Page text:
‘The Valentine House’ by Emma Henderson is set in the French Alps at Arete, a large chalet built by Sir Anthony Valentine in the late nineteenth century and used as a summer house by the family across several generations. In 1914, Mathilde, a local girl from the valley, is selected by Sir Anthony’s wife Lady Charlotte to work as a servant at Arete on account of her being one of the ‘uglies’ and therefore less likely to catch Sir Anthony’s wandering eye. Mathilde gradually becomes acquainted with the quirks of this strange English family until she is betrayed by Sir Anthony’s granddaughter Daisy. Decades later in 1976, Sir Anthony’s great-great-grandson George is visiting Arete with his cousins, continuing many of the Valentine traditions such as the outdoor physical challenges known as ‘paideia’. With Mathilde’s help, they finally uncover the mystery surrounding the fate of Sir Anthony’s daughter Margaret. Continue reading
Tag Archives: Novels
The official winner of the Man Booker International Prize was announced last night with A Horse Walks into a Bar by David Grossman translated from the Hebrew by Jessica Cohen taking the £50,000 prize split equally between author and translator. The novel about a stand-up comedian going into meltdown on stage has been praised by the judges as “an extraordinary story that soars in the hands of a master storyteller” and “a mesmerising meditation on the opposite forces shaping our lives: humour and sorrow, loss and hope, cruelty and compassion, and how even in the darkest hours we find the courage to carry on.” Continue reading
‘Conversations with Friends’ by Sally Rooney tells the story of twenty-one-year-old student and aspiring poet Frances and her friend and ex-girlfriend Bobbi who live in Dublin and perform spoken word pieces together. They meet Melissa, a journalist and photographer in her thirties who wants to write a profile of their work, and her husband Nick who is an actor. Frances soon begins an affair with Nick which profoundly changes the dynamic of her friendship with Bobbi and becomes very messy very quickly to say the least. Continue reading
I have been reading two of the Baileys Women’s Prize for Fiction shortlisted books ahead of the announcement of the winner this Wednesday. I won a copy of ‘Stay With Me’ by Ayobami Adebayo via a competition on Twitter (thanks, Canongate!) and I recently bought a copy of ‘The Dark Circle’ by Linda Grant.
Set in Nigeria during a period of political turmoil in the 1980s, ‘Stay With Me’ tells the story of Yejide who is married to Akin and has struggled to get pregnant after four years of marriage. Akin’s family decide that he must marry a second wife, Funmi, to bear the children that Yejide is apparently unable to carry. After a long phantom pregnancy, she eventually does conceive but the spectre of sickle-cell disease looms over the family. Years later, Yejide is due to attend Akin’s father’s funeral where she must face further consequences of past events. Continue reading
After a break from Man Booker International Prize shadowing duties last month, I have returned to reading translated fiction with ‘Based on a True Story’ by Delphine de Vigan translated from the French by George Miller. It is about a middle-aged Parisian author, Delphine, who is befriended by a woman known throughout only as “L.” who claims to be a professional ghostwriter. L.’s presence gradually takes over every aspect of Delphine’s life to the point where their close friendship turns into something far more sinister.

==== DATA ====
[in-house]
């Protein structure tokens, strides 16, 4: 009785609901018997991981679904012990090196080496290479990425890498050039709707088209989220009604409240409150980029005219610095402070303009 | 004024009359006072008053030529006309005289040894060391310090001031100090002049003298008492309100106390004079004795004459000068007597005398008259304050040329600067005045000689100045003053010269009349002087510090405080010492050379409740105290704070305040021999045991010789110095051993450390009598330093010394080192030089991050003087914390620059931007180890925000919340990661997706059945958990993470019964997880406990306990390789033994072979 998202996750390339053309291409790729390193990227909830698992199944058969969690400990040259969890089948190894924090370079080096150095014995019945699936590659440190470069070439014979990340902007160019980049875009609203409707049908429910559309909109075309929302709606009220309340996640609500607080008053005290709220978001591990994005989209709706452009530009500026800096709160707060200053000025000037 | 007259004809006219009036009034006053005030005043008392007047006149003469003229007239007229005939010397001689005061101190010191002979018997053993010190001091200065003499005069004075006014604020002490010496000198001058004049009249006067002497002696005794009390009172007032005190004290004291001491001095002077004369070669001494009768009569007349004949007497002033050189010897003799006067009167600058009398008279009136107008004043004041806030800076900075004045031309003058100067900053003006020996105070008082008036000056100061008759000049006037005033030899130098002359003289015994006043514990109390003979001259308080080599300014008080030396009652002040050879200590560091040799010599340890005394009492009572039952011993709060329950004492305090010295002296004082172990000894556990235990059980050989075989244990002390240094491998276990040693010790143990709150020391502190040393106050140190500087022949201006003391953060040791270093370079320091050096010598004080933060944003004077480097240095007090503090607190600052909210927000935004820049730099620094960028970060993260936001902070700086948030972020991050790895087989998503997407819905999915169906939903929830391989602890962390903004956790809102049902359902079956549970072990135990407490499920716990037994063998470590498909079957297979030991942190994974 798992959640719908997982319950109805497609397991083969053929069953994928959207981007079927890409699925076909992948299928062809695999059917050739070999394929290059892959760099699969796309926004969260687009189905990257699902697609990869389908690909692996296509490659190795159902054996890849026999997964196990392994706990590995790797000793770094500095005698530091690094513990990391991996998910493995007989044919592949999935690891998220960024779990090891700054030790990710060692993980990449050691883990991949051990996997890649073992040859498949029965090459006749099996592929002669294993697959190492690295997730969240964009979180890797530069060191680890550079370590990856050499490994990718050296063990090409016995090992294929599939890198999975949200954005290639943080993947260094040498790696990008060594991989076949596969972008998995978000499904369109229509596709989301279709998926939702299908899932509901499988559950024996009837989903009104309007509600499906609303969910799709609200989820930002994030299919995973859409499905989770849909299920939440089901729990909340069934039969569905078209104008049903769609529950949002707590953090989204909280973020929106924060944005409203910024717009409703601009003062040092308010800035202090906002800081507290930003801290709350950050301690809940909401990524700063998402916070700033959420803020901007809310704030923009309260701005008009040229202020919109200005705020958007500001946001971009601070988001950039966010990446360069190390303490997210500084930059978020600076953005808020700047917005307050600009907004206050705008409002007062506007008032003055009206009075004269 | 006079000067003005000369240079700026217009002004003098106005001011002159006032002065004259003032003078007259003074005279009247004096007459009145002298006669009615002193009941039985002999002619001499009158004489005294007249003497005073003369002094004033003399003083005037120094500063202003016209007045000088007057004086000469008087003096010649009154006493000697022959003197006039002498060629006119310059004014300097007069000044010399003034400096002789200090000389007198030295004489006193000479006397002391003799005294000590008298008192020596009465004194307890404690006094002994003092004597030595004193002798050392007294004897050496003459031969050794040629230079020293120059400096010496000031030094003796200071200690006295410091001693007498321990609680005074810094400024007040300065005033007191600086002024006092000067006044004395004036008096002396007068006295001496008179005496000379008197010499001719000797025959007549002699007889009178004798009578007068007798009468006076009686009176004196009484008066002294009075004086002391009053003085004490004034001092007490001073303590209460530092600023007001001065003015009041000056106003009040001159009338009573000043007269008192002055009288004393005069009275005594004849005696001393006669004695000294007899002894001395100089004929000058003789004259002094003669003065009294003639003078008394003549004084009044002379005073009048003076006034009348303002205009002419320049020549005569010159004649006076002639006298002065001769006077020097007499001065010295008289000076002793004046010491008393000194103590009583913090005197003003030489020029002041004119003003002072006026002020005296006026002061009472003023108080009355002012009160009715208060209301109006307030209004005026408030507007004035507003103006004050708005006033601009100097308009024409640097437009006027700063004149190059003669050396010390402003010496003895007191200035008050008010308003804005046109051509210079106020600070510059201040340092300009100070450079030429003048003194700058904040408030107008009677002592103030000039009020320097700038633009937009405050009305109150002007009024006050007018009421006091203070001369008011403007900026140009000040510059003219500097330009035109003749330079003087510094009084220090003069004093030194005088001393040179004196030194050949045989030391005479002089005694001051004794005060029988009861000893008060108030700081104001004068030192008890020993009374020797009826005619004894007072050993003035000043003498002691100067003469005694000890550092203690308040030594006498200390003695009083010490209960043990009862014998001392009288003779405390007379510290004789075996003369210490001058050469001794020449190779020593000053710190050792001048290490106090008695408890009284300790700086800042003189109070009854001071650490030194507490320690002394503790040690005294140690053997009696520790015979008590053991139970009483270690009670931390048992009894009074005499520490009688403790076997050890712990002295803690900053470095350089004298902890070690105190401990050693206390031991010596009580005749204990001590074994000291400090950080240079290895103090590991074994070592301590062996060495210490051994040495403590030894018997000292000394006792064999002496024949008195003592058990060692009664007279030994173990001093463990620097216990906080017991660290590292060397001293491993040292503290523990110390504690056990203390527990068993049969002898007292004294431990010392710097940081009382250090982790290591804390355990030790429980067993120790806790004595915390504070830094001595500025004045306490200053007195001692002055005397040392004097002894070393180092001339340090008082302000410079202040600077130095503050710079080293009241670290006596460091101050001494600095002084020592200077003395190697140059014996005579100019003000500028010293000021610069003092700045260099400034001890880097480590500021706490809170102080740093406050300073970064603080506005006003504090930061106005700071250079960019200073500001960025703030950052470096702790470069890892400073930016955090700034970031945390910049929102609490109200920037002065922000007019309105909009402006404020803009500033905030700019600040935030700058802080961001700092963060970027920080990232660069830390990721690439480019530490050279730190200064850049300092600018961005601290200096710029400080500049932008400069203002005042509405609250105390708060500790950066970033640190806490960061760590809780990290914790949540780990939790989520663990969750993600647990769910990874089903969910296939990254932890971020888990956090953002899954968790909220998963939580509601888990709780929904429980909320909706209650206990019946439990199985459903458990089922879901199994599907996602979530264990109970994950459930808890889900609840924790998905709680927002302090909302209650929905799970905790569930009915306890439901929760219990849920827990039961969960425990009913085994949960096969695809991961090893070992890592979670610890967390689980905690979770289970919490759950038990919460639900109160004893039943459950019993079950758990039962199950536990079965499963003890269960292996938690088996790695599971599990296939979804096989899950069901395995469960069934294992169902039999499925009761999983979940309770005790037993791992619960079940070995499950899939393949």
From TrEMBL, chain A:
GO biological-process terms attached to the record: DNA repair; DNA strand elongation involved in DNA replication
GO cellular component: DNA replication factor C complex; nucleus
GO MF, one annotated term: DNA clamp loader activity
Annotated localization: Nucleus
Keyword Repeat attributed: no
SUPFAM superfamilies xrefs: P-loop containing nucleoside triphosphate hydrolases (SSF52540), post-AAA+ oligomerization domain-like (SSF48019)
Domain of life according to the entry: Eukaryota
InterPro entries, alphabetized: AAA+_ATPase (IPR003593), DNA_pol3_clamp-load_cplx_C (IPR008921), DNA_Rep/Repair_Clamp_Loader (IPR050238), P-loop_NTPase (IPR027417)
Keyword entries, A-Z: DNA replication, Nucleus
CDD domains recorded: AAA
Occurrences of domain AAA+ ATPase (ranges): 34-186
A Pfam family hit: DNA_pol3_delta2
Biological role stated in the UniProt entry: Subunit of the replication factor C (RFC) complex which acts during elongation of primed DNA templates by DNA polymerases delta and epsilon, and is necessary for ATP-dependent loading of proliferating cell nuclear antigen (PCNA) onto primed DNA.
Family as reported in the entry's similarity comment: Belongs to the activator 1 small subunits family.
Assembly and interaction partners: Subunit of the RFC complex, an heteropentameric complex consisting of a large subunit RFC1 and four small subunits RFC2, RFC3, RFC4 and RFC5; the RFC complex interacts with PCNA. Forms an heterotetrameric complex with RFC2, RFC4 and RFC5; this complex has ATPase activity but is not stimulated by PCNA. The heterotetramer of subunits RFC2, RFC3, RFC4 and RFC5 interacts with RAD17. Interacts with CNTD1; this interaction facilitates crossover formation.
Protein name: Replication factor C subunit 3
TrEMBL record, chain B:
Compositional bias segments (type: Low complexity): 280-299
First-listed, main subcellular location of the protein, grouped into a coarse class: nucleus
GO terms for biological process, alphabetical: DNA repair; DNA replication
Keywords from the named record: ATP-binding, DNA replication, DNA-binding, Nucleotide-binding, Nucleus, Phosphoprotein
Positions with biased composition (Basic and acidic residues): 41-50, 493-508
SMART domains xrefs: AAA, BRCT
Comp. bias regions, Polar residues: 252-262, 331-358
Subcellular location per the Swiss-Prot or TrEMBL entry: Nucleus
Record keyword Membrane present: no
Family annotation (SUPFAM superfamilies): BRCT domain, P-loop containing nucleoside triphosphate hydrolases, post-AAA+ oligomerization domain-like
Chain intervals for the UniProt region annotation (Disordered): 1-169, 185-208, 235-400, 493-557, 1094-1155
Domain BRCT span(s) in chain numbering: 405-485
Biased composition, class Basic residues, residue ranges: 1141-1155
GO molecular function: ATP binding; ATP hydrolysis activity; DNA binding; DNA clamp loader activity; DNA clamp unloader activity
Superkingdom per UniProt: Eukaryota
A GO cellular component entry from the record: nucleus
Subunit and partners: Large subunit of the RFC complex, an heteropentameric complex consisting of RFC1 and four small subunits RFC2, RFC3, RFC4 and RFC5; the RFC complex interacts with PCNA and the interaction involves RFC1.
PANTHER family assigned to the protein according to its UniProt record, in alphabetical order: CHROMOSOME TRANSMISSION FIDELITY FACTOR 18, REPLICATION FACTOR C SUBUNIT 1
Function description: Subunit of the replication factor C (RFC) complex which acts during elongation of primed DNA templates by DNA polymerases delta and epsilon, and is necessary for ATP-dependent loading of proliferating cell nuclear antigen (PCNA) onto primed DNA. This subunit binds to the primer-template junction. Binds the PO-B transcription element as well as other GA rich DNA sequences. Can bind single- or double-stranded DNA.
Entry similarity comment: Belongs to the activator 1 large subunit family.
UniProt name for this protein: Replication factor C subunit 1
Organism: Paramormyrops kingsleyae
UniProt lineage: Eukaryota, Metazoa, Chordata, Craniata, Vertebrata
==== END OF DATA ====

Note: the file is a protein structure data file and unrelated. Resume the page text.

‘Alias Grace’ by Margaret Atwood is based on the true story of Grace Marks, a servant convicted of the notorious double murder of her employer Thomas Kinnear and his housekeeper and mistress Nancy Montgomery alongside stable hand James McDermott in Toronto in 1843 when she was just sixteen years old. After they were caught attempting to escape from Canada to the United States, McDermott was hanged for the crime while Grace was sentenced to life imprisonment at Kingston Penitentiary in Ontario after her death sentence was commuted at the last minute. Despite confessing to the crime at the time, Grace still claims to have no memory of the murders fifteen years later. Her sanity is being investigated by American psychiatrist Dr. Simon Jordan at the invitation of a liberal minister who believes she is innocent.
I really enjoyed reading His Bloody Project by Graeme Macrae Burnet after discovering it through the Man Booker Prize shortlist last year. His 2014 debut novel ‘The Disappearance of Adèle Bedeau’ which was also published by Contraband tells the story of Manfred Baumann, a loner who lives in the nondescript French town of Saint-Louis in Alsace and frequently dines at a bistro where waitress Adèle Bedeau works. When Adèle suddenly disappears one evening after finishing her shift, Manfred quickly comes under suspicion. However, after giving a false statement to Inspector Georges Gorski in which he fails to admit that he was the last person to see her alive, his life begins to spiral out of control. Continue reading